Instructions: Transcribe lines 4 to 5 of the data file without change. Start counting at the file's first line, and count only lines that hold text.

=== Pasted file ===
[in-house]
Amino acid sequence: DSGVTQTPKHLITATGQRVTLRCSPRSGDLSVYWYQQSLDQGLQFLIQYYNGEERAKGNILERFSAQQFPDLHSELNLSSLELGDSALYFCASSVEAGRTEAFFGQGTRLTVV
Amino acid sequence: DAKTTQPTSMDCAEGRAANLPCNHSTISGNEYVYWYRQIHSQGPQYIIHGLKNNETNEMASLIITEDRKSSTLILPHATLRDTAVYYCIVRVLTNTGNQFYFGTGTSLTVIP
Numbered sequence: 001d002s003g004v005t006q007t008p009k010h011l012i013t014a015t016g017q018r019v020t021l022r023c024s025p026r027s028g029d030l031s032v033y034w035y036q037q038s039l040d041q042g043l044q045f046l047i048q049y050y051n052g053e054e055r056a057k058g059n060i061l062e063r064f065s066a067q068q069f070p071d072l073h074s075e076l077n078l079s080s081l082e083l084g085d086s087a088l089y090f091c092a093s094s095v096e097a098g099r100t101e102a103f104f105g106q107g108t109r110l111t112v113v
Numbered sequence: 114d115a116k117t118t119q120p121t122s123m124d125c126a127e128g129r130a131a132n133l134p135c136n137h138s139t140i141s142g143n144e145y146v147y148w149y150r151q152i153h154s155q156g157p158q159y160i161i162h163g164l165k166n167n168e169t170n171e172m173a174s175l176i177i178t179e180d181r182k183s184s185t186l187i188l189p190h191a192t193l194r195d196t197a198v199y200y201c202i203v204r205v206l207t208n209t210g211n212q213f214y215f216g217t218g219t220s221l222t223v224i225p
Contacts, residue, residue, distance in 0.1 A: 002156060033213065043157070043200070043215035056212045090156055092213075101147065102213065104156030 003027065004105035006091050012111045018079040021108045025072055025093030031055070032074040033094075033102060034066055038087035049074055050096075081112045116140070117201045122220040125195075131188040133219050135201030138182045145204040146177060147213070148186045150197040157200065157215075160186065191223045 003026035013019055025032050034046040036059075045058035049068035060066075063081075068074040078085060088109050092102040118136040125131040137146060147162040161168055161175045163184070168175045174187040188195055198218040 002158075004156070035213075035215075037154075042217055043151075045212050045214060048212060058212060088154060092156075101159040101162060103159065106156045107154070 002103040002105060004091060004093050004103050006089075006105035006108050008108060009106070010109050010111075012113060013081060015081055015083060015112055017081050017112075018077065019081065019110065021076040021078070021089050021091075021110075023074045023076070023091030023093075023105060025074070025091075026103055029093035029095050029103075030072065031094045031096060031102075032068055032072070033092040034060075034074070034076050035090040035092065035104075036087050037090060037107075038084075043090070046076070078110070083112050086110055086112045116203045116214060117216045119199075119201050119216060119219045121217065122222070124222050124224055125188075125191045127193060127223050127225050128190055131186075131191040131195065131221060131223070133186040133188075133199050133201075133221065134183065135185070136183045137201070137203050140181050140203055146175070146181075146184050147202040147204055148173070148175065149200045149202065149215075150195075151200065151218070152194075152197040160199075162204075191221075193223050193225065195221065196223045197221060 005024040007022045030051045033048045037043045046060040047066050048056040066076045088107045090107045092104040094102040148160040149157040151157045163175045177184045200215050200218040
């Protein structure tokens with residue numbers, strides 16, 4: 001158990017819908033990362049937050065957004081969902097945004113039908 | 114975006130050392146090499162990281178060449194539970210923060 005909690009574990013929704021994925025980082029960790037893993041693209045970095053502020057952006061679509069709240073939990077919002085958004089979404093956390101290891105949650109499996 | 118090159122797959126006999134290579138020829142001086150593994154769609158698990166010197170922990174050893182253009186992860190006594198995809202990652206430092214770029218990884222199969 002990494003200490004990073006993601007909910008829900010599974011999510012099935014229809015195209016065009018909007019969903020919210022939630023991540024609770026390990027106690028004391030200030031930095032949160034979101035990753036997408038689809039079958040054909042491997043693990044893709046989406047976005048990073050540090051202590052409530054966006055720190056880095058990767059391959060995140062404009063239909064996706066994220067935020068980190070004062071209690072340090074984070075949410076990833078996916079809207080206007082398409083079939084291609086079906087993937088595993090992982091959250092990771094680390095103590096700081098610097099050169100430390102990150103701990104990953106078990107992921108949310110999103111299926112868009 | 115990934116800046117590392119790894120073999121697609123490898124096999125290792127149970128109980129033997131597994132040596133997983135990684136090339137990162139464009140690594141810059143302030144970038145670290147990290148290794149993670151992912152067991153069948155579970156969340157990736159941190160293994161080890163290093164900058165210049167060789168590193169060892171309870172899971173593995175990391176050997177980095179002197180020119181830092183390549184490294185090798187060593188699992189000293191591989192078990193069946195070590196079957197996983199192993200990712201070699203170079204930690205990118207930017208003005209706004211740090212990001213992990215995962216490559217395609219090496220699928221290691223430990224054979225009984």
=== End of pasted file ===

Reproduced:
Numbered sequence: 001d002s003g004v005t006q007t008p009k010h011l012i013t014a015t016g017q018r019v020t021l022r023c024s025p026r027s028g029d030l031s032v033y034w035y036q037q038s039l040d041q042g043l044q045f046l047i048q049y050y051n052g053e054e055r056a057k058g059n060i061l062e063r064f065s066a067q068q069f070p071d072l073h074s075e076l077n078l079s080s081l082e083l084g085d086s087a088l089y090f091c092a093s094s095v096e097a098g099r100t101e102a103f104f105g106q107g108t109r110l111t112v113v
Numbered sequence: 114d115a116k117t118t119q120p121t122s123m124d125c126a127e128g129r130a131a132n133l134p135c136n137h138s139t140i141s142g143n144e145y146v147y148w149y150r151q152i153h154s155q156g157p158q159y160i161i162h163g164l165k166n167n168e169t170n171e172m173a174s175l176i177i178t179e180d181r182k183s184s185t186l187i188l189p190h191a192t193l194r195d196t197a198v199y200y201c202i203v204r205v206l207t208n209t210g211n212q213f214y215f216g217t218g219t220s221l222t223v224i225p